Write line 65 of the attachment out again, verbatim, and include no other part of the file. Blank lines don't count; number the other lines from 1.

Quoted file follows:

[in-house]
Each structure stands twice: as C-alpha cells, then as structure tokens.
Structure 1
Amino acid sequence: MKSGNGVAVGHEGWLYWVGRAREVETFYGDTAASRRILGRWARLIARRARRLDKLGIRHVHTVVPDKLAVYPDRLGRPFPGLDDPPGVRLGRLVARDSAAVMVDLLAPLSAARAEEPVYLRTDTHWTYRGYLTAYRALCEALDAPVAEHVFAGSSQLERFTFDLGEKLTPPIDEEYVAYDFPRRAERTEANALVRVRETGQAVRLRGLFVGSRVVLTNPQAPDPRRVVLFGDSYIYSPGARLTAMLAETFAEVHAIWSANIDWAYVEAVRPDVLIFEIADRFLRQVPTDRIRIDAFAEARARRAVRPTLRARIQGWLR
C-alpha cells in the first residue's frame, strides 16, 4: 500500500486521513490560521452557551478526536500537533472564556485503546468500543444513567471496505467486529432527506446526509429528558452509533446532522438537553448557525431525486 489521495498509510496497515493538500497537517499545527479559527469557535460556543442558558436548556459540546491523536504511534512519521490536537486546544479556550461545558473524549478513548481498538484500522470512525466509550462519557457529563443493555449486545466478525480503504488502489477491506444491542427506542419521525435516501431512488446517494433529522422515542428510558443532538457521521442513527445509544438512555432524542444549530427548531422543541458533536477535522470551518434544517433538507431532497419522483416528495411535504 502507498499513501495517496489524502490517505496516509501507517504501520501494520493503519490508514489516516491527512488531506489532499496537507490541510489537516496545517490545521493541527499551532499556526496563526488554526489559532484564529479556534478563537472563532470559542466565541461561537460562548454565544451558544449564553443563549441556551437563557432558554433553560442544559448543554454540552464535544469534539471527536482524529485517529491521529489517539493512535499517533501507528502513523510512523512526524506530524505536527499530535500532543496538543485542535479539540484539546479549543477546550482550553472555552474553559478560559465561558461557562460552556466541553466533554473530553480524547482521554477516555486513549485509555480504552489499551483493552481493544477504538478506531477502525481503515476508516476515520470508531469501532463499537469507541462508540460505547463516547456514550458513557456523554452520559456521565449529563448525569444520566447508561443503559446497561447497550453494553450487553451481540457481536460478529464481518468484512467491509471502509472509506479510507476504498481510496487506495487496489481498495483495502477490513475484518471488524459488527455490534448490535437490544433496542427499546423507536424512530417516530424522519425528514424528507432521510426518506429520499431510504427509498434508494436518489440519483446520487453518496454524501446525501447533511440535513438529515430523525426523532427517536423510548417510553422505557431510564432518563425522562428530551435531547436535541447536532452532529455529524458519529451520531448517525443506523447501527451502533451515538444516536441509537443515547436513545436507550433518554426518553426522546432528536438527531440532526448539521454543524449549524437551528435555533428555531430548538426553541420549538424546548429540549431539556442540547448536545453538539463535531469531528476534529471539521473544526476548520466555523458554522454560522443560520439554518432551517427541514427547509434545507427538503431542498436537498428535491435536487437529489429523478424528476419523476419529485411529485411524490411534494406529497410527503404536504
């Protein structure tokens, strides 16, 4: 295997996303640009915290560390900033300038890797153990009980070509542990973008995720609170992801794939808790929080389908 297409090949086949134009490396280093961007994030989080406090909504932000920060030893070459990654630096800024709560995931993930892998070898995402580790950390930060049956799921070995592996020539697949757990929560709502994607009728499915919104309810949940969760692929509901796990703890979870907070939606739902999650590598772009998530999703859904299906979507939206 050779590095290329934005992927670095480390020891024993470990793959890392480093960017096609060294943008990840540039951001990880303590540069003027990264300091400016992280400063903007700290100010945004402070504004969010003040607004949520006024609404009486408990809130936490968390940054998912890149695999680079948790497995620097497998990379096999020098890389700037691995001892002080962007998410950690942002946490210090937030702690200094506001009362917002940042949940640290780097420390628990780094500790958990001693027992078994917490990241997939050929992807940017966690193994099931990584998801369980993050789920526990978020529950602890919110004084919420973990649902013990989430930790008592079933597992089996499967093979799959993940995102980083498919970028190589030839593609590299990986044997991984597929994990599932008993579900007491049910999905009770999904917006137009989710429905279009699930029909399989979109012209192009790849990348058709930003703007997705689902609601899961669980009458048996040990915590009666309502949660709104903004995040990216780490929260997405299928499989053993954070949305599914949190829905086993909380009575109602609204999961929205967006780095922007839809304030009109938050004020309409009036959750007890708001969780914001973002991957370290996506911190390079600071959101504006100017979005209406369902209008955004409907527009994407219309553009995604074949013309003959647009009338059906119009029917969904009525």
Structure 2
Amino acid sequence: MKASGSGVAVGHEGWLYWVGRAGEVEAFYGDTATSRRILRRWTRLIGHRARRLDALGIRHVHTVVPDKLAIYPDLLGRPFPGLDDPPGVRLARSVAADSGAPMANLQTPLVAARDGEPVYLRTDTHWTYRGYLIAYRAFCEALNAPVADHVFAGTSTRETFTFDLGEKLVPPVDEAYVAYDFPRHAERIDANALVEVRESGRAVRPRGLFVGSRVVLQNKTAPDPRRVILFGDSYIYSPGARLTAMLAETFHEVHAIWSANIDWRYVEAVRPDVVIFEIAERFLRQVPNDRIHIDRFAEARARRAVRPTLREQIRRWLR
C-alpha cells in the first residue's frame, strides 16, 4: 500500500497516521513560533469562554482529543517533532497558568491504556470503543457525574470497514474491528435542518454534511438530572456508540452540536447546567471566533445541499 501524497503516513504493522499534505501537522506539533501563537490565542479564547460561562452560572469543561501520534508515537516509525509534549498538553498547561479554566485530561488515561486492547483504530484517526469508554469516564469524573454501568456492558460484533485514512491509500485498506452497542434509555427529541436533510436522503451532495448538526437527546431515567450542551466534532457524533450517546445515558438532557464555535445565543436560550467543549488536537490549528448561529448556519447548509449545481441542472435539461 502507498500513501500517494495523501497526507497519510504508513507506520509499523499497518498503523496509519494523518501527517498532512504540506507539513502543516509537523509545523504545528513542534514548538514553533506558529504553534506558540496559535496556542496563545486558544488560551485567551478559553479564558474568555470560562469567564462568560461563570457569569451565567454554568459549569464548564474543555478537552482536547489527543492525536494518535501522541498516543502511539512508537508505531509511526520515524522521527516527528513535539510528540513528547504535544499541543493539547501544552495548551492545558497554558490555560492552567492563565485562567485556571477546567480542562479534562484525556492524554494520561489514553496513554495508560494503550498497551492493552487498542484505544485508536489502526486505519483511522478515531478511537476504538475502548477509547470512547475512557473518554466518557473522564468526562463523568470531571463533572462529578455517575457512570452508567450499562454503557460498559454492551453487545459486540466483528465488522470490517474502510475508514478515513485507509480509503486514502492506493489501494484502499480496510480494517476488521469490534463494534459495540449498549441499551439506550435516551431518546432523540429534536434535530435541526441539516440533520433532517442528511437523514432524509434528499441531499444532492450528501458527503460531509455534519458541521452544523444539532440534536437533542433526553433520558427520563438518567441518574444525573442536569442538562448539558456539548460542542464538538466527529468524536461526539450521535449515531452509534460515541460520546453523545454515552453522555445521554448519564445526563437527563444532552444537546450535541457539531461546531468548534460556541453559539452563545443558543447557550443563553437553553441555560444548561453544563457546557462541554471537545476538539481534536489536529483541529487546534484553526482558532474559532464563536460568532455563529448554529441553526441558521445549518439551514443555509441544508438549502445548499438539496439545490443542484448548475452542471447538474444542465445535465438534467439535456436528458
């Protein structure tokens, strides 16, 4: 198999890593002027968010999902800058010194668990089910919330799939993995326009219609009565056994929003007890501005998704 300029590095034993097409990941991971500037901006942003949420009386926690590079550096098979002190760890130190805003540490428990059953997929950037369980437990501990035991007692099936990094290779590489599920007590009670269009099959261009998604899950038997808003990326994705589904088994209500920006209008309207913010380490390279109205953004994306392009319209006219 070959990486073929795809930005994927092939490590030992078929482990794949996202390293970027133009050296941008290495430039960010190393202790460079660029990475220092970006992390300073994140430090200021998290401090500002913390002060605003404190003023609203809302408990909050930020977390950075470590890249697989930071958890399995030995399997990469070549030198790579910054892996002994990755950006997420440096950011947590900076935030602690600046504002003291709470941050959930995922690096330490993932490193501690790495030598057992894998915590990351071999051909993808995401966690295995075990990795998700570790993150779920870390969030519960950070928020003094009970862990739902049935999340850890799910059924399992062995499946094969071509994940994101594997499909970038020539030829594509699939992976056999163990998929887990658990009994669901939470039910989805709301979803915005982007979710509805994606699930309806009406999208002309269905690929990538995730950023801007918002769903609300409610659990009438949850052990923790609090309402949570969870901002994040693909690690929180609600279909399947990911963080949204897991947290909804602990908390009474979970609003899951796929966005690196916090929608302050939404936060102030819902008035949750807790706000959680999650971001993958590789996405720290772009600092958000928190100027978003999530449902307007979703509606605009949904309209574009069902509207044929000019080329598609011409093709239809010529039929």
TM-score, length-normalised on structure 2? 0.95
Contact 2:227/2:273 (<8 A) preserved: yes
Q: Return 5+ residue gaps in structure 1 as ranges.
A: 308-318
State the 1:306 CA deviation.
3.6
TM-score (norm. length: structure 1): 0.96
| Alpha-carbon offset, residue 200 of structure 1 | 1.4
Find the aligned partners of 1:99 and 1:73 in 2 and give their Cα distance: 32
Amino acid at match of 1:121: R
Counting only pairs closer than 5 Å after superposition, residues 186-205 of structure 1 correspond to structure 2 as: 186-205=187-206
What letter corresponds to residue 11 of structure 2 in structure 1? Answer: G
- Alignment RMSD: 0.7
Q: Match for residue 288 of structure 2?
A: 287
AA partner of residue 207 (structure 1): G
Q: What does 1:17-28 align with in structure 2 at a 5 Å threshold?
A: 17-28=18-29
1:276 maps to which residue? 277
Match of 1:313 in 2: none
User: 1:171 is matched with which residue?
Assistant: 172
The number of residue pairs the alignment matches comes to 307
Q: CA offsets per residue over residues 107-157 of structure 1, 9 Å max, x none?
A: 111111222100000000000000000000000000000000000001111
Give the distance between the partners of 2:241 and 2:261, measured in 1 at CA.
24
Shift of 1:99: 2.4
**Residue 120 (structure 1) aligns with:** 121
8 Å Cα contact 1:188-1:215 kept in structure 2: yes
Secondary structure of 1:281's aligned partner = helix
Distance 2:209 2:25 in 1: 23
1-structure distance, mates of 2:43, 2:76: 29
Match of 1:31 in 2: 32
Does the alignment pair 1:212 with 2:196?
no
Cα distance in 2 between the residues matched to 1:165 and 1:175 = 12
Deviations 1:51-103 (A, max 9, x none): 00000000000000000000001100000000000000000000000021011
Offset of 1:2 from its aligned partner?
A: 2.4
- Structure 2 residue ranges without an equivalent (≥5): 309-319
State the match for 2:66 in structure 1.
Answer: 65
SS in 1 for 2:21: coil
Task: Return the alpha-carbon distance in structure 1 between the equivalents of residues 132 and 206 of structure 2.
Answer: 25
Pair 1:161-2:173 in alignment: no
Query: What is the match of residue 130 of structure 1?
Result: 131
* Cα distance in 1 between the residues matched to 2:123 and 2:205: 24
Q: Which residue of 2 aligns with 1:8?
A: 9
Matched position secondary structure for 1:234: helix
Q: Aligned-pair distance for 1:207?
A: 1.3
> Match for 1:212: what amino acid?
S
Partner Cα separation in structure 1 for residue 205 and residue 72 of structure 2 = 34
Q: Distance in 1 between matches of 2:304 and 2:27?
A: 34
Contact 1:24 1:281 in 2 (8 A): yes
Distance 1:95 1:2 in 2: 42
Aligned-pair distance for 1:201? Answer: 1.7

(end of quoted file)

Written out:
A: 1.3